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Being a romance author, I’m often asked what is the secret of a great romance? This not only in terms of writing but in general (life) as well.
It’s a good question. But first, let’s understand what is romance?
In the dictionary, as a noun, romance is defined as a feeling of excitement or mystery associated with love; or an emotional attachment between people; or a love affair. As a verb, it’s defined as an act of courting.
Seems simple enough, right? The truth is there are no secrets to a great romance. Romance is the very act of paying attention to that special person in your life, of being engaged with them in a fun and positive way. And if you aren’t in a relationship, it simply means elevating your own existence by the act of spreading pleasure.
Many people balk at being labeled romantic. “I am a practical person and have no time for such frivolities,” they say. I call bullshit to that. Being romantic IS being practical. If you want a relationship to thrive you need to infuse it with romance. I’m not saying you need to invest ridiculous amounts of time, money and energy on movie-style or romance novel-style gestures. One doesn’t need to rent out Buckingham Palace to get hitched with his personal Cinderella! Though, if that floats your boat…sure, go ahead. ☺
Romance can be as simple as a midnight phone call to your sweetheart; a welcoming smile for your husband as he enters the house after a stressful day…add a back massage and he’s sure to be putty in your hands. Romance is a little flirting between strangers, or even friends. My point is it doesn’t take much to be romantic.
But Romance is personal. What you find romantic I may not. And this is how one differentiates between a true and healthy partnership from the pretenders. Do you know your partner well enough to know what he or she considers romantic? You have no idea? Well then, you haven’t really been paying attention, have you?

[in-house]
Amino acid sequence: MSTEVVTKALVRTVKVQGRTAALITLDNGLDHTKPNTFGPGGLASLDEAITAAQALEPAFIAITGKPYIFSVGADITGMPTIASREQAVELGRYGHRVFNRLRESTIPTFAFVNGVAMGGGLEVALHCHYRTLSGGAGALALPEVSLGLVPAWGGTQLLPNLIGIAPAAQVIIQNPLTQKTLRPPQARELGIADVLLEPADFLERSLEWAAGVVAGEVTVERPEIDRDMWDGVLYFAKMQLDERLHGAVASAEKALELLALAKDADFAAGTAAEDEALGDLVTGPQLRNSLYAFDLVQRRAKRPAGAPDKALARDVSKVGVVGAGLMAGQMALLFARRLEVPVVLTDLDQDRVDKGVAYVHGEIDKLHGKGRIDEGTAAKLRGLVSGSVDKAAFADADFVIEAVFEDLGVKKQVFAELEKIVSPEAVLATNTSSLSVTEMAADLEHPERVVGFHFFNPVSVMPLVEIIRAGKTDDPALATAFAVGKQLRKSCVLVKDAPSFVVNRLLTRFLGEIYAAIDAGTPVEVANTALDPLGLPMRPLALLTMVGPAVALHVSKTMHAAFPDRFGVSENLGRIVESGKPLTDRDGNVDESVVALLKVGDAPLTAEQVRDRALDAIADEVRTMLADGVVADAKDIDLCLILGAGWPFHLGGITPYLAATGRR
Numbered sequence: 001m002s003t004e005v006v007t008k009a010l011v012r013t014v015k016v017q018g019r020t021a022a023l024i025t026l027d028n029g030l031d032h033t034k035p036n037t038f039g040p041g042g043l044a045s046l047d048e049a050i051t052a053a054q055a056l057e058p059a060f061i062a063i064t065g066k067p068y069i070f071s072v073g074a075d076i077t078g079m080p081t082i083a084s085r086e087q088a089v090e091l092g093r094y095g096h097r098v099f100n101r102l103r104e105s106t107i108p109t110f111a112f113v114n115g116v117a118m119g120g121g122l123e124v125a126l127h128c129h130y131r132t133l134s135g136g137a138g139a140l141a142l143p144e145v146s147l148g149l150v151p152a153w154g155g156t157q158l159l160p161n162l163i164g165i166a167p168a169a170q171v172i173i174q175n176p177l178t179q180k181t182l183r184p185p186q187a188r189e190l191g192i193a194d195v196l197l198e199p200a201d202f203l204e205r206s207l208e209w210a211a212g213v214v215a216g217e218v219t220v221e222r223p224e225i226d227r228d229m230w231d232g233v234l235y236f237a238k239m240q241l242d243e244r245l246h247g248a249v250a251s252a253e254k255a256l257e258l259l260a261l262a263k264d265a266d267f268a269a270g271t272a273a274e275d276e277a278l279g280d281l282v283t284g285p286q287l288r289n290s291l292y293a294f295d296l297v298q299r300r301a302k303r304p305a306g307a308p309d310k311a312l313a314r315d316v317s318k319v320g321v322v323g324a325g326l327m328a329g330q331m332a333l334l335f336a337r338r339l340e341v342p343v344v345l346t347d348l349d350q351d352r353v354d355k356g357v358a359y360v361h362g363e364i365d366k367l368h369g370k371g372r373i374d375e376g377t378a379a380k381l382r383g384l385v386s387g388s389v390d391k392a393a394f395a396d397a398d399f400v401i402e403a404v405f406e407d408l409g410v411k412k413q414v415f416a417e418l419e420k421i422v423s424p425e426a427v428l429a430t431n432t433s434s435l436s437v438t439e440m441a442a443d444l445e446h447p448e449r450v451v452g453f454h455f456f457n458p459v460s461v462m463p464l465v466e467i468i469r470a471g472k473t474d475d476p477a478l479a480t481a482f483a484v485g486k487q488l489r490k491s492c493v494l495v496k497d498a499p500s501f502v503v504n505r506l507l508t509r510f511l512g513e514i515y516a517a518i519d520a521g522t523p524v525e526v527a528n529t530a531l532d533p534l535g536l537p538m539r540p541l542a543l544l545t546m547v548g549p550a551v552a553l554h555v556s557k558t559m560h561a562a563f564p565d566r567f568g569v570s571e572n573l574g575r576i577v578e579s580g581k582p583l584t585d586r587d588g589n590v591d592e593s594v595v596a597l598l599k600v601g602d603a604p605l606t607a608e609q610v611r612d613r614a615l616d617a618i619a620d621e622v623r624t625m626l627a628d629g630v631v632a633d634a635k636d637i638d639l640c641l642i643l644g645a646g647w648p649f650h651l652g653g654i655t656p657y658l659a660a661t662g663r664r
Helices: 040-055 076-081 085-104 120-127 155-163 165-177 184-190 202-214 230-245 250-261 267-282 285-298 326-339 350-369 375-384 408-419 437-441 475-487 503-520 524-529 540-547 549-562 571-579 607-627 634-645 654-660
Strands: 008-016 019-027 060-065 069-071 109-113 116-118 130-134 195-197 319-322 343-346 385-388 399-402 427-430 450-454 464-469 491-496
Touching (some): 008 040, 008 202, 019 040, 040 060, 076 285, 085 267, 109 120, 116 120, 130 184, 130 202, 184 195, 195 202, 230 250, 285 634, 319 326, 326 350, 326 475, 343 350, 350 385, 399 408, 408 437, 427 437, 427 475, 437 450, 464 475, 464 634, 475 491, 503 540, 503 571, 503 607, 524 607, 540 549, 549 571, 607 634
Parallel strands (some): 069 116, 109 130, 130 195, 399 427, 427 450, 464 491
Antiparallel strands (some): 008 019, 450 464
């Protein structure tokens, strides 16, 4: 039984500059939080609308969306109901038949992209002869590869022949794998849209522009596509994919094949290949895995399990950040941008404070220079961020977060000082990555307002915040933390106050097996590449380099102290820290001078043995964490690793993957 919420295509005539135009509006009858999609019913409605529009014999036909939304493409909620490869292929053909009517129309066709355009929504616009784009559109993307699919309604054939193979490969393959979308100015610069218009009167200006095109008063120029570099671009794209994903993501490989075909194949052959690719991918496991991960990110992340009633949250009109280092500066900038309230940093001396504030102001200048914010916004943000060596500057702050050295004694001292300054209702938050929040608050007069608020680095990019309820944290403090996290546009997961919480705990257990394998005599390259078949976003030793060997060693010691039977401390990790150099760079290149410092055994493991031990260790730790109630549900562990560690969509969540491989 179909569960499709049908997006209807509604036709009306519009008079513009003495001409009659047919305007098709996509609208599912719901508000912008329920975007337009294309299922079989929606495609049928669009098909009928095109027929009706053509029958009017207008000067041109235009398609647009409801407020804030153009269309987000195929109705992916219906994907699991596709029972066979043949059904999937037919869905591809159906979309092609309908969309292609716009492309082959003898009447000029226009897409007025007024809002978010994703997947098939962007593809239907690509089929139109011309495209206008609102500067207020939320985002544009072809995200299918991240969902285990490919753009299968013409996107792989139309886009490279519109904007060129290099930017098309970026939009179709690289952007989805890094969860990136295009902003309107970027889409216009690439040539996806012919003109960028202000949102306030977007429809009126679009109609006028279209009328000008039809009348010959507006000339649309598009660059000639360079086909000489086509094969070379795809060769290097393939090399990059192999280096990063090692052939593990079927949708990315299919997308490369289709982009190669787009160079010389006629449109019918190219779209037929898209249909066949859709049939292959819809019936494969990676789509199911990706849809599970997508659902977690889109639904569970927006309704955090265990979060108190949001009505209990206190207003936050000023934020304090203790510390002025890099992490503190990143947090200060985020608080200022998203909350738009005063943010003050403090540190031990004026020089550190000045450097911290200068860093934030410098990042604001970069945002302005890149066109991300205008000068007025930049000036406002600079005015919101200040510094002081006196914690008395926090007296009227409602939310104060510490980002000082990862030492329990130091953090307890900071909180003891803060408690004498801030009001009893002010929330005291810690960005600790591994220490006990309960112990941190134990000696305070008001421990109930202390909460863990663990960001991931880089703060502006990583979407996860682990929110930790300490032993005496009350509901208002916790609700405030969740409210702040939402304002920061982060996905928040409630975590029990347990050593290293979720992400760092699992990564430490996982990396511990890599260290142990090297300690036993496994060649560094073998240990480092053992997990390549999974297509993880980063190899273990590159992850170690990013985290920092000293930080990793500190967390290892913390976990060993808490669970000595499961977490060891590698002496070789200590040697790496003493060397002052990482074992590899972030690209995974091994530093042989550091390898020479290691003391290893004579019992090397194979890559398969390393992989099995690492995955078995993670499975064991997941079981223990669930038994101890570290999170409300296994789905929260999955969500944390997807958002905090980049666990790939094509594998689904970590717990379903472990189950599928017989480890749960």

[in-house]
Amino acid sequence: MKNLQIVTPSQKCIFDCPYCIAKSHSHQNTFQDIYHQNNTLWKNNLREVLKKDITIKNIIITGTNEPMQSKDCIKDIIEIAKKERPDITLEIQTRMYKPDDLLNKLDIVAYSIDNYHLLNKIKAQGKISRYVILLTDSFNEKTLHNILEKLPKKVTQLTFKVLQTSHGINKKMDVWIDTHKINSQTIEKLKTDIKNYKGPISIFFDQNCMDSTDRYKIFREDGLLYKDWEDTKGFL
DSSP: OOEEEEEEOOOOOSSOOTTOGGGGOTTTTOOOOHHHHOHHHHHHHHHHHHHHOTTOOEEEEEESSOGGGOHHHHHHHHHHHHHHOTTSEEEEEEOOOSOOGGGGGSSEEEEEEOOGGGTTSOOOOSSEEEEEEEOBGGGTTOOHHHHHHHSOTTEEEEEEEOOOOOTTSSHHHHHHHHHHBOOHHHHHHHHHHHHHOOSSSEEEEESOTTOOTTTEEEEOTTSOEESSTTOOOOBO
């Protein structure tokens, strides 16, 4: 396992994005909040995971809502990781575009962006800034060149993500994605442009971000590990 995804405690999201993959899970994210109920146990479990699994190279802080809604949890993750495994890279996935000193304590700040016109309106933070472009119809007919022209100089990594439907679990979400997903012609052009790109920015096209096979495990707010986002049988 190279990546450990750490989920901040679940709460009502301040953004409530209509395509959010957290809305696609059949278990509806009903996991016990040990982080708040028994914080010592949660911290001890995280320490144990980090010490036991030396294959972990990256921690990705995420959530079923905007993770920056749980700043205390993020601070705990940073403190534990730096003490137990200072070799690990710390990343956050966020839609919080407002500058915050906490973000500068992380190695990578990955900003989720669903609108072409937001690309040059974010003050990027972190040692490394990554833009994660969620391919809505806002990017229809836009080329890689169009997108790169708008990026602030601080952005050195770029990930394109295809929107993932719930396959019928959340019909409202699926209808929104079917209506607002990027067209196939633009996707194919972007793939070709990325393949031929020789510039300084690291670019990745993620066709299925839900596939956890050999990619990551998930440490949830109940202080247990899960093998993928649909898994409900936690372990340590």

My romance novels are all about the heroes and heroines getting to know each other. They might be on totally different pages at the beginning of the book. They might have different lifestyles, goals and visions—like Alisha and Aryan in IT’S YOUR MOVE WORDFREAK! They might live on different continents even—as Krish and Diya in BOOTIE AND THE BEAST. But by the end of the book both will find common ground, emotionally and in their life goals…just like in real relationships.
Of course, there’s a very obvious Happily Ever After end scene in romance novels and movies, which in real life might not be as final. In life, the Happily Ever After goes on…and on…and on. And so must the romance.
Romance is not one gesture or one act or one day, Romance is forever after.
OK. I know what you’ll are thinking. “If Romance is forever, what happened to Romeo and Juliet? Did Shakespeare not get the memo?” But let’s NOT focus on tragedies today. Let’s instead take tips from one of the greatest romances ever written. What did we learn from Austen’s Pride and Prejudice? It wasn’t Darcy’s position in society, his money or his grand estate that won Lizzie’s heart; it was his simple acts of kindness. Likewise, it was Lizzie’s wit and exuberance that made Darcy sit up and take notice of her.
That brings me to wit. If there were a special ingredient to a great romance, I’d say it is humor. I’d go so far as to say that humor is life’s most important ingredient.
While love can be cumbersome and serious, and sex impersonal, often awkward and raw, when infused with romance both love and sex become more meaningful. Romance is light and fun, ridiculous and uplifting. It puts a smile on your lips and a bounce in your step. In truth, it transforms a mundane existence into something special.
To recap what is romance: romance is a feeling and an act. It is as big as you wish it to be or as small as you want it. Romance is understanding your partner from the inside out. It is generous and practical. It is laughter. Romance should be a constant in one’s life.
If you still don’t get romance, I suggest you pick up a good romance novel (mine!) and start taking notes.